Adeyemi Okunogbe

Photo of Adeyemi Okunogbe
Assistant Policy Analyst
Santa Monica Office


M.D., Obafemi Awolowo University, Nigeria; M.S. in international health policy & management, Brandeis University


Adeyemi Okunogbe is a doctoral candidate at the Pardee RAND Graduate School and an assistant policy analyst at RAND. He holds an M.D. from Obafemi Awolowo University in Nigeria, where he practiced as a physician in both the public and private health sectors.

Seeking policy solutions to systemic problems of failing health systems that he observed during his medical practice, he enrolled at the Heller School for Social Policy, Brandeis University and graduated with a M.S. in international health policy and management. He has conducted research at the Heller School's Institute of Global Health and Development, evaluating public health interventions and health financing mechanisms in developing countries such as Kenya, Mozambique and Belize. He also worked as a research analyst for the World Bank's Caribbean Results Based Financing (RBF) program, where he reviewed the Dominican health system and identified feasible areas for piloting an RBF approach in the country.

At RAND, Okunogbe has contributed to survey instrument development and data analysis for evaluating the Veteran Affairs (VA) Women's Health Patient Aligned Care Teams project and the Patient Aligned Care Teams Intensive Management Evaluation.

He also played a lead role on the RAND team that developed a systematic policy analysis tool for capturing and communicating progress over the course of an emergency response, using the 2014 Ebola Outbreak as an illustrative example. His research interests include global health, health care financing, health economics, health care program/impact evaluation, and population health.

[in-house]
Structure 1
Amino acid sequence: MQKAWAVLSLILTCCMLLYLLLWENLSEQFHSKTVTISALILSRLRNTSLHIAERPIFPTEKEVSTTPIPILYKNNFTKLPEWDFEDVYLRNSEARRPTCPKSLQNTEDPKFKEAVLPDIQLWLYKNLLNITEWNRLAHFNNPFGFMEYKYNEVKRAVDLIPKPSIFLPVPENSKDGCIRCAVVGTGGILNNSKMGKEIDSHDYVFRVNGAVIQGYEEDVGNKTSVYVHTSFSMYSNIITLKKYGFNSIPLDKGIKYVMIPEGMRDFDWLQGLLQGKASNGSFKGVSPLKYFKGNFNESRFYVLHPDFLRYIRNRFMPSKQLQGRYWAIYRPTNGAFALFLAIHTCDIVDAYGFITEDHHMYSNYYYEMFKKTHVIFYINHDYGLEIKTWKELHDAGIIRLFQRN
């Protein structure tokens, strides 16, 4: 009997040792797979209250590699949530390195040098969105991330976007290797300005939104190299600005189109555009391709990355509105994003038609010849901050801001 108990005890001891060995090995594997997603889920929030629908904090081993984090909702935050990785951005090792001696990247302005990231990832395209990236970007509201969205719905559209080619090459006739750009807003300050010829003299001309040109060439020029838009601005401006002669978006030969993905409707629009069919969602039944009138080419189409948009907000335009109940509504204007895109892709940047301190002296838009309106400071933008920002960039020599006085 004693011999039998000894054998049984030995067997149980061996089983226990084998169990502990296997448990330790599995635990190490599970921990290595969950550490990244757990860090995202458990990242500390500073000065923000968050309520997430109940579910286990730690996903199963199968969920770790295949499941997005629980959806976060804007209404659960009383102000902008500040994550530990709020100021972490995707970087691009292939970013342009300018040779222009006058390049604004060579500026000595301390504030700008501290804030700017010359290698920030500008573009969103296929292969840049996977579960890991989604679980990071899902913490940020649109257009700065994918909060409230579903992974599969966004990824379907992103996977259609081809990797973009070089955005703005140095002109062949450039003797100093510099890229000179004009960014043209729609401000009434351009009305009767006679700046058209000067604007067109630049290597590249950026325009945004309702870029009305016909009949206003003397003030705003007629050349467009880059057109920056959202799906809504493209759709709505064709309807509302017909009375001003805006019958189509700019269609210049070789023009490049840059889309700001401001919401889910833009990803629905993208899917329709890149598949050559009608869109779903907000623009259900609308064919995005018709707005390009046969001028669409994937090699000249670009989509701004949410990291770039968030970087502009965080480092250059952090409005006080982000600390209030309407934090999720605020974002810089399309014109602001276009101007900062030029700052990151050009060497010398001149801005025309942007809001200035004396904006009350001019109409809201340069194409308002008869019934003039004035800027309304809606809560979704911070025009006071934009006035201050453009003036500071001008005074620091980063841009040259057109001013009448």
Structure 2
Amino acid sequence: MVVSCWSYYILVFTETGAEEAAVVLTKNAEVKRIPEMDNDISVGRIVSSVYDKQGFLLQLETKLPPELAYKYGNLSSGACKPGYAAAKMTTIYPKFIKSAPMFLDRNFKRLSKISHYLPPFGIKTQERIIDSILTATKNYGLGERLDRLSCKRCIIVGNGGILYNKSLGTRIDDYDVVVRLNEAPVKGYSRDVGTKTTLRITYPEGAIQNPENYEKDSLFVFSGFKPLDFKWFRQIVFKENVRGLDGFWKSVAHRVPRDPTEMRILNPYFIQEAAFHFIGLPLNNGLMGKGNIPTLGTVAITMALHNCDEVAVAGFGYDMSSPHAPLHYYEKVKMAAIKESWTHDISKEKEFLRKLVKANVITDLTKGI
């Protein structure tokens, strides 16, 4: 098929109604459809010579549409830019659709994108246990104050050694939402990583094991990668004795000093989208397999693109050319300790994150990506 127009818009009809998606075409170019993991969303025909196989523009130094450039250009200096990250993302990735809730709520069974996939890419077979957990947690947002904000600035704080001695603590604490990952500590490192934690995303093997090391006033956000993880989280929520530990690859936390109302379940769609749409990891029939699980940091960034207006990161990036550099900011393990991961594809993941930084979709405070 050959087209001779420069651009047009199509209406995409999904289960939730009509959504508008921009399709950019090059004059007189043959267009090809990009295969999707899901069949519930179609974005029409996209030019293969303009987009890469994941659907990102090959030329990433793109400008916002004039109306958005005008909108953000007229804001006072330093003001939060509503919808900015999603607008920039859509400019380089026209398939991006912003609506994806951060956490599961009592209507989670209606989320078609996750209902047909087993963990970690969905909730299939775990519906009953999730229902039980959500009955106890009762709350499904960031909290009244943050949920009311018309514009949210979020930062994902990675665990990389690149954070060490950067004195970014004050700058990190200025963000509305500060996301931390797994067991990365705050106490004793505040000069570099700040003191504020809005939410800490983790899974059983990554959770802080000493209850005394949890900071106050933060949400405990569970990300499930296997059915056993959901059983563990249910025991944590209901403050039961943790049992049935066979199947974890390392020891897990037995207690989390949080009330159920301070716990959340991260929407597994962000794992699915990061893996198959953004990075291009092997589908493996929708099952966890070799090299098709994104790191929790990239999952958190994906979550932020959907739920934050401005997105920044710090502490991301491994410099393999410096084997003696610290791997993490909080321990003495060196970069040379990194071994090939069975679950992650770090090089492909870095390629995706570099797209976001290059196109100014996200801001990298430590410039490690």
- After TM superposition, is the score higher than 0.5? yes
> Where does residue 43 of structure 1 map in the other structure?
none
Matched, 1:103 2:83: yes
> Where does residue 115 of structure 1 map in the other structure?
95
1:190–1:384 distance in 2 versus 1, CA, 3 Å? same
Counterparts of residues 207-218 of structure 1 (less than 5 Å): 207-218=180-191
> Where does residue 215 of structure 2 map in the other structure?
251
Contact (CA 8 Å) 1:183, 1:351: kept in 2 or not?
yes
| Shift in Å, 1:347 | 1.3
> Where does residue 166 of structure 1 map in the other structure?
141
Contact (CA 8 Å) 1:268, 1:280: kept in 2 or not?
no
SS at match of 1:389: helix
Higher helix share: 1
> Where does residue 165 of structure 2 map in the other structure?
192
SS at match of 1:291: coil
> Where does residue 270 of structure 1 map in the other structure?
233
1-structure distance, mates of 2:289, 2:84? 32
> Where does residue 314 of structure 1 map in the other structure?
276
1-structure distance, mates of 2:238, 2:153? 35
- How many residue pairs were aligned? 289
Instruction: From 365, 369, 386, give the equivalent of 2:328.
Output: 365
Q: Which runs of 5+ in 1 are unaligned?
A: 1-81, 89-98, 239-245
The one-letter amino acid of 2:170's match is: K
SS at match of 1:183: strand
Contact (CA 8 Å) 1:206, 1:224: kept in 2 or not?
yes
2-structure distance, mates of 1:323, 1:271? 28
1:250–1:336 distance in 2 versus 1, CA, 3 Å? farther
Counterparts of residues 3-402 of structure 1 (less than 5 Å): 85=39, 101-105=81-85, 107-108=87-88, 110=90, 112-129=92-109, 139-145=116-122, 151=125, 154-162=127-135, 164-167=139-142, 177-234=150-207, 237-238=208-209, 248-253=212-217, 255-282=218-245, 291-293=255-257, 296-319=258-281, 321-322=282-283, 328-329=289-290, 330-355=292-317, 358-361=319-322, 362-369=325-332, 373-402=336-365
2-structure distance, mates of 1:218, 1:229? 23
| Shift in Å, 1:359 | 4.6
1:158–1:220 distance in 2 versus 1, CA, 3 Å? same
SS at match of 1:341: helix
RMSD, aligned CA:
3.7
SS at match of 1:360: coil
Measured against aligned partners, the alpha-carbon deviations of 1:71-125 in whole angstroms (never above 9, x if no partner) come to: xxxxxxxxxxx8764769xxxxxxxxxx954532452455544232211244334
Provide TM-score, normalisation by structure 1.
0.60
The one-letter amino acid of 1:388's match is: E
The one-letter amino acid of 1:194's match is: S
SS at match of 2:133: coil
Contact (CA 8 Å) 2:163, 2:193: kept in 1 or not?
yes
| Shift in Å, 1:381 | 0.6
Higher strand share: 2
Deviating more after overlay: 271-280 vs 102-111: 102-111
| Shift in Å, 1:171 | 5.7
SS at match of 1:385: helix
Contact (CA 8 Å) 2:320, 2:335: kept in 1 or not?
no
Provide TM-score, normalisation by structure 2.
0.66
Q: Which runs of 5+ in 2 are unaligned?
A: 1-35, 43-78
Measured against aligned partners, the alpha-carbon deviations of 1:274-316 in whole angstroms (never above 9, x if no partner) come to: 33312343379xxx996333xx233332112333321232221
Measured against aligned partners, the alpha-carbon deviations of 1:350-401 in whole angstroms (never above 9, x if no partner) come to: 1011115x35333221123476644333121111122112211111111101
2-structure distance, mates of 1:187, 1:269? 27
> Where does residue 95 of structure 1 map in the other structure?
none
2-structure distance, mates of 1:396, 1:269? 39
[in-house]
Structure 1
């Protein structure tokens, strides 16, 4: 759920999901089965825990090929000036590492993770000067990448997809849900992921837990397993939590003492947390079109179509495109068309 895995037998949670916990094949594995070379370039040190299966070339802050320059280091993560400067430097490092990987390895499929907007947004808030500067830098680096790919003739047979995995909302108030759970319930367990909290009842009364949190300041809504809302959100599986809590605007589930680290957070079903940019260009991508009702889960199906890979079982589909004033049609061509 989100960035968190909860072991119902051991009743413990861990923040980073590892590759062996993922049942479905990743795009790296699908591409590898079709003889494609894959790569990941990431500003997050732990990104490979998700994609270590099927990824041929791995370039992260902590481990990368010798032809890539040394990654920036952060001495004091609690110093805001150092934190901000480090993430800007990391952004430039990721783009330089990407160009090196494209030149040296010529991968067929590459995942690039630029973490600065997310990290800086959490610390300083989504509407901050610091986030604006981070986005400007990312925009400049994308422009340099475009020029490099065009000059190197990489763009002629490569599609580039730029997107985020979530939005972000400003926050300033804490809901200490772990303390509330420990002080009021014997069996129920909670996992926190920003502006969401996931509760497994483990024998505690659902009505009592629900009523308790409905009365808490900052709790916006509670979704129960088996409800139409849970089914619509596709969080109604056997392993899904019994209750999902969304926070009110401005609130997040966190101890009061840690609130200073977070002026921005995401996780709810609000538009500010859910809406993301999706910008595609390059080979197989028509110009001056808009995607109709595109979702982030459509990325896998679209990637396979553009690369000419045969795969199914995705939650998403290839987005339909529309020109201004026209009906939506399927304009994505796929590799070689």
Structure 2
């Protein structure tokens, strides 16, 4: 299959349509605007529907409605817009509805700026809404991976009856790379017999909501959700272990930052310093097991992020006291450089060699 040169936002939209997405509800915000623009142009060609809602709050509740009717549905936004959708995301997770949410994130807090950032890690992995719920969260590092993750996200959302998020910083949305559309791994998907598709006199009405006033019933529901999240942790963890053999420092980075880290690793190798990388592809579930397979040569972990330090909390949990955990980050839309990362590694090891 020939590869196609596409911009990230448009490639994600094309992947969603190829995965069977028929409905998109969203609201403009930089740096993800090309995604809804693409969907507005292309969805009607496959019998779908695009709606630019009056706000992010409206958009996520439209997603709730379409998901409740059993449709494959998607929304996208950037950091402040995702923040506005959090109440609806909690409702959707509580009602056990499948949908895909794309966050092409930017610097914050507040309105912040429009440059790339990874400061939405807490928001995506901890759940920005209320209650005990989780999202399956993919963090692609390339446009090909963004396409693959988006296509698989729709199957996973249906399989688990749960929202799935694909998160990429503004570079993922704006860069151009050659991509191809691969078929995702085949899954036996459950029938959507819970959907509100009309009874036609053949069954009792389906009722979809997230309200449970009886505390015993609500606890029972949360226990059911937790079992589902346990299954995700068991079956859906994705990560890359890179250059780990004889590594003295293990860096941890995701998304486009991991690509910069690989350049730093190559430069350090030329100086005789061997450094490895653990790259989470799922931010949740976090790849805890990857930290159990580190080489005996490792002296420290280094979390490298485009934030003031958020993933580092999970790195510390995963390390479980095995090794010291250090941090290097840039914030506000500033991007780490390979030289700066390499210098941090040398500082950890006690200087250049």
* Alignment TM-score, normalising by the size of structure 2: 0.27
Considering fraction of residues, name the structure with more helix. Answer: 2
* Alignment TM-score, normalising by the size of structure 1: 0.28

Selected Publications

Bowser D. M., Figueroa R., Natiq L, Okunogbe A., "A preliminary assessment of financial stability, efficiency, health systems and health outcomes using performance-based contracts in Belize," Global Public Health, 2013


  • Trainee health workers preparing to don protective suits at a World Health Organization training session in Freetown September 30, 2014

    What the Ebola Crisis Taught Us About Emergency Preparedness in Africa

    The 2014 Ebola outbreak was the most severe of its kind. At the height of the crisis, 800 to 1,000 new cases were reported per week in Africa across the three most heavily affected countries. As of last week, there were only 12 confirmed cases. What must be done to prevent and mitigate future crises of this nature?

    Jun 4, 2015 The RAND Blog

  • Woman attends a health education session in northern Nigeria

    Insurance and Incentives: A Dual Approach to Try to Improve Maternal Health in Nigeria

    Less than 5% of Nigerians have insurance; two-thirds of all health care costs are paid out of pocket. When people must pay out of pocket for health care at the point of service, this restricts access, excludes the poorest and most vulnerable, and leads to delays in patients seeking help.

    Jun 10, 2014 The RAND Blog

  • African mother and baby

    Maternal Deaths: Turning the Tide in a Nigerian State

    Bold and innovative approaches are being developed in different parts of the African continent in the quest to reduce maternal mortality. A noteworthy example of this is the Abiye Safe Motherhood program in Ondo State, Nigeria.

    Apr 16, 2014 The RAND Blog